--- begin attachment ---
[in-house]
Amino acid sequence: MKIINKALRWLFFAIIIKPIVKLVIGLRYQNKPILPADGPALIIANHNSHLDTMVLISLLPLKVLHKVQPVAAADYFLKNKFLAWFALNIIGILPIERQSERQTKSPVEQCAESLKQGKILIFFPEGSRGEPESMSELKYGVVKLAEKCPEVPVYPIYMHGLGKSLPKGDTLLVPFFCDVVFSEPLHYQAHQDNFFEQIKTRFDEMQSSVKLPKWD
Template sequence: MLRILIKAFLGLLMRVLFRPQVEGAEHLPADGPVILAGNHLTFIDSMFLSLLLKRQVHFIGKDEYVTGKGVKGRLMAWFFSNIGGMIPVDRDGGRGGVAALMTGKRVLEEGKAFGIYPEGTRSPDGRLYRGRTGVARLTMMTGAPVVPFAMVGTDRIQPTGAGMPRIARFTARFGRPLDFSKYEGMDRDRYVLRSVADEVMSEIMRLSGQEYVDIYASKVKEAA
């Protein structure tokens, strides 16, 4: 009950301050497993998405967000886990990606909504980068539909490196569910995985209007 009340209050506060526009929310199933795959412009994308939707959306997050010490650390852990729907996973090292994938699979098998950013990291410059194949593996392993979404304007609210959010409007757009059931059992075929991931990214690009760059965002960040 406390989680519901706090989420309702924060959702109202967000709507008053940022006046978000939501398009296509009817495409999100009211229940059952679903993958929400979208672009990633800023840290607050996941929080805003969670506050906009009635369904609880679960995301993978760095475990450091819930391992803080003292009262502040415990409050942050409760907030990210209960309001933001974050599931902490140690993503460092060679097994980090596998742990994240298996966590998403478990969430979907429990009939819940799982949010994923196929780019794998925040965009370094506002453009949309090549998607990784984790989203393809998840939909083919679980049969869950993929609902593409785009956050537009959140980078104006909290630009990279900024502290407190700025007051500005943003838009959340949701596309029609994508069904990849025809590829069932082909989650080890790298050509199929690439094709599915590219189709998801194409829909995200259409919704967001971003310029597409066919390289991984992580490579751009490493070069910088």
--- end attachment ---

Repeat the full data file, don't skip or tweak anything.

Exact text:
[in-house]
Amino acid sequence: MKIINKALRWLFFAIIIKPIVKLVIGLRYQNKPILPADGPALIIANHNSHLDTMVLISLLPLKVLHKVQPVAAADYFLKNKFLAWFALNIIGILPIERQSERQTKSPVEQCAESLKQGKILIFFPEGSRGEPESMSELKYGVVKLAEKCPEVPVYPIYMHGLGKSLPKGDTLLVPFFCDVVFSEPLHYQAHQDNFFEQIKTRFDEMQSSVKLPKWD
Template sequence: MLRILIKAFLGLLMRVLFRPQVEGAEHLPADGPVILAGNHLTFIDSMFLSLLLKRQVHFIGKDEYVTGKGVKGRLMAWFFSNIGGMIPVDRDGGRGGVAALMTGKRVLEEGKAFGIYPEGTRSPDGRLYRGRTGVARLTMMTGAPVVPFAMVGTDRIQPTGAGMPRIARFTARFGRPLDFSKYEGMDRDRYVLRSVADEVMSEIMRLSGQEYVDIYASKVKEAA
């Protein structure tokens, strides 16, 4: 009950301050497993998405967000886990990606909504980068539909490196569910995985209007 009340209050506060526009929310199933795959412009994308939707959306997050010490650390852990729907996973090292994938699979098998950013990291410059194949593996392993979404304007609210959010409007757009059931059992075929991931990214690009760059965002960040 406390989680519901706090989420309702924060959702109202967000709507008053940022006046978000939501398009296509009817495409999100009211229940059952679903993958929400979208672009990633800023840290607050996941929080805003969670506050906009009635369904609880679960995301993978760095475990450091819930391992803080003292009262502040415990409050942050409760907030990210209960309001933001974050599931902490140690993503460092060679097994980090596998742990994240298996966590998403478990969430979907429990009939819940799982949010994923196929780019794998925040965009370094506002453009949309090549998607990784984790989203393809998840939909083919679980049969869950993929609902593409785009956050537009959140980078104006909290630009990279900024502290407190700025007051500005943003838009959340949701596309029609994508069904990849025809590829069932082909989650080890790298050509199929690439094709599915590219189709998801194409829909995200259409919704967001971003310029597409066919390289991984992580490579751009490493070069910088």